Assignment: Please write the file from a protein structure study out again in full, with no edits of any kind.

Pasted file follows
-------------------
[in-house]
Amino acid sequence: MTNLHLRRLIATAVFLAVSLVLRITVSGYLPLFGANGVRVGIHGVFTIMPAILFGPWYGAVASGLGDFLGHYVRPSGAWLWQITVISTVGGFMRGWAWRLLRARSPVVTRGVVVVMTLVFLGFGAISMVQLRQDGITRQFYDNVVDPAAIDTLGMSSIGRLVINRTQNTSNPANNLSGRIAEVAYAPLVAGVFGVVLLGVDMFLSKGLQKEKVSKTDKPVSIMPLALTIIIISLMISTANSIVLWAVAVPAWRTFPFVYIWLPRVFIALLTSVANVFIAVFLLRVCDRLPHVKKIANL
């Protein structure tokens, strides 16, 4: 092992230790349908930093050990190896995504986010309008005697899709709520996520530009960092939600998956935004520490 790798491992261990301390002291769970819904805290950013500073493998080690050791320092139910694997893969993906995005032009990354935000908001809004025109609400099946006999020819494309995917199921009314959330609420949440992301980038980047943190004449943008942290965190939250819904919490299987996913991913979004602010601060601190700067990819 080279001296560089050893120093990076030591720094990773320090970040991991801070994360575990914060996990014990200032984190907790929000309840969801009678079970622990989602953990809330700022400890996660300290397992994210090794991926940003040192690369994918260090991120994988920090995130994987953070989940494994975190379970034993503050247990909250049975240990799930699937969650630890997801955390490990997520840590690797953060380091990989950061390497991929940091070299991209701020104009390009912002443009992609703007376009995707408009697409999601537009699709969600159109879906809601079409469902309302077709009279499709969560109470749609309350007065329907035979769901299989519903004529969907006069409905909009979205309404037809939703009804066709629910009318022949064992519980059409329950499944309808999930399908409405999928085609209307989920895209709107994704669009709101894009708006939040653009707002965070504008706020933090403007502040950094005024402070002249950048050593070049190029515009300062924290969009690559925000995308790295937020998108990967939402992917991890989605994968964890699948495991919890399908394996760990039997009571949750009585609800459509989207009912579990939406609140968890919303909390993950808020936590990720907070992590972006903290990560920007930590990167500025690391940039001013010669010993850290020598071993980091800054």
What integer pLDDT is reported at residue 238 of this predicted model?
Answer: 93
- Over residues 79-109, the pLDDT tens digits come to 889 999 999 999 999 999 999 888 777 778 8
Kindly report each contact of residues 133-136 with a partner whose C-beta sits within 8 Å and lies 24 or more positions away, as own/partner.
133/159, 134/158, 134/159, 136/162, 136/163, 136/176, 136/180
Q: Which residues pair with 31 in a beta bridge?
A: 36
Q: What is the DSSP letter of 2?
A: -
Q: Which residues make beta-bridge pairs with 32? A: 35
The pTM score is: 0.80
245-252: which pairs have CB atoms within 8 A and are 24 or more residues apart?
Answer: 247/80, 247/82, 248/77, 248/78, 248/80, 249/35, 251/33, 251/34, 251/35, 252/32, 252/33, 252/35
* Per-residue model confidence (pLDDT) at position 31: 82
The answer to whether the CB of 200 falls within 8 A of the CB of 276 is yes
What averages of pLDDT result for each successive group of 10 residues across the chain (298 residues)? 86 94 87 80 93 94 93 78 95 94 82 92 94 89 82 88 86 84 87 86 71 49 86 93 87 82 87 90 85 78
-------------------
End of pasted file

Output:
[in-house]
Amino acid sequence: MTNLHLRRLIATAVFLAVSLVLRITVSGYLPLFGANGVRVGIHGVFTIMPAILFGPWYGAVASGLGDFLGHYVRPSGAWLWQITVISTVGGFMRGWAWRLLRARSPVVTRGVVVVMTLVFLGFGAISMVQLRQDGITRQFYDNVVDPAAIDTLGMSSIGRLVINRTQNTSNPANNLSGRIAEVAYAPLVAGVFGVVLLGVDMFLSKGLQKEKVSKTDKPVSIMPLALTIIIISLMISTANSIVLWAVAVPAWRTFPFVYIWLPRVFIALLTSVANVFIAVFLLRVCDRLPHVKKIANL
């Protein structure tokens, strides 16, 4: 092992230790349908930093050990190896995504986010309008005697899709709520996520530009960092939600998956935004520490 790798491992261990301390002291769970819904805290950013500073493998080690050791320092139910694997893969993906995005032009990354935000908001809004025109609400099946006999020819494309995917199921009314959330609420949440992301980038980047943190004449943008942290965190939250819904919490299987996913991913979004602010601060601190700067990819 080279001296560089050893120093990076030591720094990773320090970040991991801070994360575990914060996990014990200032984190907790929000309840969801009678079970622990989602953990809330700022400890996660300290397992994210090794991926940003040192690369994918260090991120994988920090995130994987953070989940494994975190379970034993503050247990909250049975240990799930699937969650630890997801955390490990997520840590690797953060380091990989950061390497991929940091070299991209701020104009390009912002443009992609703007376009995707408009697409999601537009699709969600159109879906809601079409469902309302077709009279499709969560109470749609309350007065329907035979769901299989519903004529969907006069409905909009979205309404037809939703009804066709629910009318022949064992519980059409329950499944309808999930399908409405999928085609209307989920895209709107994704669009709101894009708006939040653009707002965070504008706020933090403007502040950094005024402070002249950048050593070049190029515009300062924290969009690559925000995308790295937020998108990967939402992917991890989605994968964890699948495991919890399908394996760990039997009571949750009585609800459509989207009912579990939406609140968890919303909390993950808020936590990720907070992590972006903290990560920007930590990167500025690391940039001013010669010993850290020598071993980091800054």
What integer pLDDT is reported at residue 238 of this predicted model?
Answer: 93
- Over residues 79-109, the pLDDT tens digits come to 889 999 999 999 999 999 999 888 777 778 8
Kindly report each contact of residues 133-136 with a partner whose C-beta sits within 8 Å and lies 24 or more positions away, as own/partner.
133/159, 134/158, 134/159, 136/162, 136/163, 136/176, 136/180
Q: Which residues pair with 31 in a beta bridge?
A: 36
Q: What is the DSSP letter of 2?
A: -
Q: Which residues make beta-bridge pairs with 32? A: 35
The pTM score is: 0.80
245-252: which pairs have CB atoms within 8 A and are 24 or more residues apart?
Answer: 247/80, 247/82, 248/77, 248/78, 248/80, 249/35, 251/33, 251/34, 251/35, 252/32, 252/33, 252/35
* Per-residue model confidence (pLDDT) at position 31: 82
The answer to whether the CB of 200 falls within 8 A of the CB of 276 is yes
What averages of pLDDT result for each successive group of 10 residues across the chain (298 residues)? 86 94 87 80 93 94 93 78 95 94 82 92 94 89 82 88 86 84 87 86 71 49 86 93 87 82 87 90 85 78